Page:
And while both cases focus on the former president’s attempts to overturn the results of the 2020 election, here’s how they differ:

How is the Fulton County case different from the January 6 federal case? Jack Smith’s team accused Trump of trying to overrun the 2020 election, leading to violence in the Capitol building on January 6, 2021 to force lawmakers to “delay certification” of the results in favor of Biden. Trump faces four federal charges, including conspiracy to defraud the United States and conspiracy to obstruct an official proceeding. He has pleaded not guilty.

CNN said that if he is elected president and convicted in this case, Trump will likely pardon himself.

And in the Fulton County case, Trump and his associates are accused of orchestrating a so-called fraudulent voter scheme, including calls from the former president for elected officials to “hunt for votes” and decertify an election that showed Trump was a loser.

Willis charged Trump and 18 others — including his former personal attorney and former New York City mayor Rudy Giuliani and former White House chief of staff Mark Meadows — with 41 felony counts. The charges focus on violating the state’s anti-extortion law, and the indictment alleges that the defendants acted as a “corporation” to overturn the election result.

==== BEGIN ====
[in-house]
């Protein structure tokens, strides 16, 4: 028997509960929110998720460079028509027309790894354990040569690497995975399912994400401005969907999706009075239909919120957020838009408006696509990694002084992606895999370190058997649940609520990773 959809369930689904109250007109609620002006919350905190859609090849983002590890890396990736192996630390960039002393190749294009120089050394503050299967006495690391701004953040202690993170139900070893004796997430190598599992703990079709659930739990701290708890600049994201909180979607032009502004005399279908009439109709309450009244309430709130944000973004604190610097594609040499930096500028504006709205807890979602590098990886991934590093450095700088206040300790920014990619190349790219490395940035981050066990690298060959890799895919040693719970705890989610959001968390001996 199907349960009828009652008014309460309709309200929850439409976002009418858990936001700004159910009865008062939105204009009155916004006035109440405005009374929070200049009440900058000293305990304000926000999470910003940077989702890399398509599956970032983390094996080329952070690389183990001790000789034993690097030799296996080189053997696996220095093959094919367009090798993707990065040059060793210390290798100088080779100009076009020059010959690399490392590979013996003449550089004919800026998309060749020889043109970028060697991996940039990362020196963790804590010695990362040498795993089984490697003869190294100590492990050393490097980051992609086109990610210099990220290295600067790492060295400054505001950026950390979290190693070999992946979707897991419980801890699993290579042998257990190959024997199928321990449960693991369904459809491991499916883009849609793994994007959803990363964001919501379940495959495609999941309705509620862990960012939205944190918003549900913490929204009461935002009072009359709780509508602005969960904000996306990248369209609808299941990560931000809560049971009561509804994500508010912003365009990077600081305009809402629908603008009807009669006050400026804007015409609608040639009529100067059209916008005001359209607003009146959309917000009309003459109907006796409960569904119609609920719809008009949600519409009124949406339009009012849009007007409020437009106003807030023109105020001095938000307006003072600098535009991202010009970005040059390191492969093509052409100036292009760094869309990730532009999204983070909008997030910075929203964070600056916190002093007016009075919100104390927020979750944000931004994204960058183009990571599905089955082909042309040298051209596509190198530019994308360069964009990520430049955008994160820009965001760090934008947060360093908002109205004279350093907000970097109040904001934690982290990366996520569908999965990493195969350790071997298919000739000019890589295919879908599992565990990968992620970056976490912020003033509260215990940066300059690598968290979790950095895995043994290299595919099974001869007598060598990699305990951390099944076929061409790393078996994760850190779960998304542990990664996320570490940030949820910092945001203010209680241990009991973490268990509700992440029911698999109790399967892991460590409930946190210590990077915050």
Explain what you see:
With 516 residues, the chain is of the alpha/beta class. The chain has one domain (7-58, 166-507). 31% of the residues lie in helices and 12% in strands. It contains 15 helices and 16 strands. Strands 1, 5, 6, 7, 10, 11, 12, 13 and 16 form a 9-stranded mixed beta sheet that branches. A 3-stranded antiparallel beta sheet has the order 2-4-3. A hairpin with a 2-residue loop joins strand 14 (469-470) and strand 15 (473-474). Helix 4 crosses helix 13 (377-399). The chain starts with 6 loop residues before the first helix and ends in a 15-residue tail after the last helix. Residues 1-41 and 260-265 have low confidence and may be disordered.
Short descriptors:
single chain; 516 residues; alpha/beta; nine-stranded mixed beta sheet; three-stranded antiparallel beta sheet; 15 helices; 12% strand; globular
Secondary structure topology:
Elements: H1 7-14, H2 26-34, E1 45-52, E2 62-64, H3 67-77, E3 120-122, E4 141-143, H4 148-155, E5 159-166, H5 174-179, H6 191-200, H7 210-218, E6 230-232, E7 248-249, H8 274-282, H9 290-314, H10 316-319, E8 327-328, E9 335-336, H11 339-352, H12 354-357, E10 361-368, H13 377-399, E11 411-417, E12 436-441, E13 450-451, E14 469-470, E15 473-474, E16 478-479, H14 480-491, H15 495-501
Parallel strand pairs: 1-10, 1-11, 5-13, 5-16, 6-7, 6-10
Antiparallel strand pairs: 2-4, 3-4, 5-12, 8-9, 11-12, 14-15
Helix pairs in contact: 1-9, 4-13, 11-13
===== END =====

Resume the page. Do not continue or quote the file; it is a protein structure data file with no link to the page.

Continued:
Reports said Trump was arrested and released on bail, but has not yet been arraigned in the case.

If Trump is convicted and also elected president in 2024, CNN said, he cannot pardon himself or his allies in this case — or fire the Fulton County prosecutors who brought the charges — because that would be tantamount to a government conviction.

Those facing charges, which will be opened in federal court on Monday, are: Trump; Rudy Giuliani, Trump’s attorney; Mark Meadows, White House Chief of Staff; John Eastman, Trump’s attorney; Kenneth Chesibro, a pro-Trump lawyer; Jeffrey Clark, a senior official in the Department of Justice; Jenna Ellis, attorney for the Trump campaign; Robert Chilly, the attorney who promoted the fraud allegations; Mike Roman, Trump campaign official; David Schafer, Georgia Republican Party chairman and bogus voter; Sean Steele, a fake Republican voter; Stephen Lee, a priest linked to intimidation of election workers; Harrison Floyd, leader of Black Voices for Trump; Trevien Cotey, a propagandist linked to the intimidation of election workers; Sidney Powell, attorney for the Trump campaign; Kathy Latham, the fake GOP voter linked to the coffee boycott violation; Scott Hall, linked to the Coffee County election breach; Misty Hampton, Coffee County Elections Supervisor; and Ray Smith, Trump campaign attorney.

All but one of the defendants were bailed out with bonds ranging from $100,000 to $200,000 for Trump and Giuliani, respectively. Harrison Floyd is in the Fulton County Jail because he was unable to arrange bail in time.

Source: IANS

Disclaimer: This story has not been edited by the WBSETCL team and is auto-generated from syndicated feed.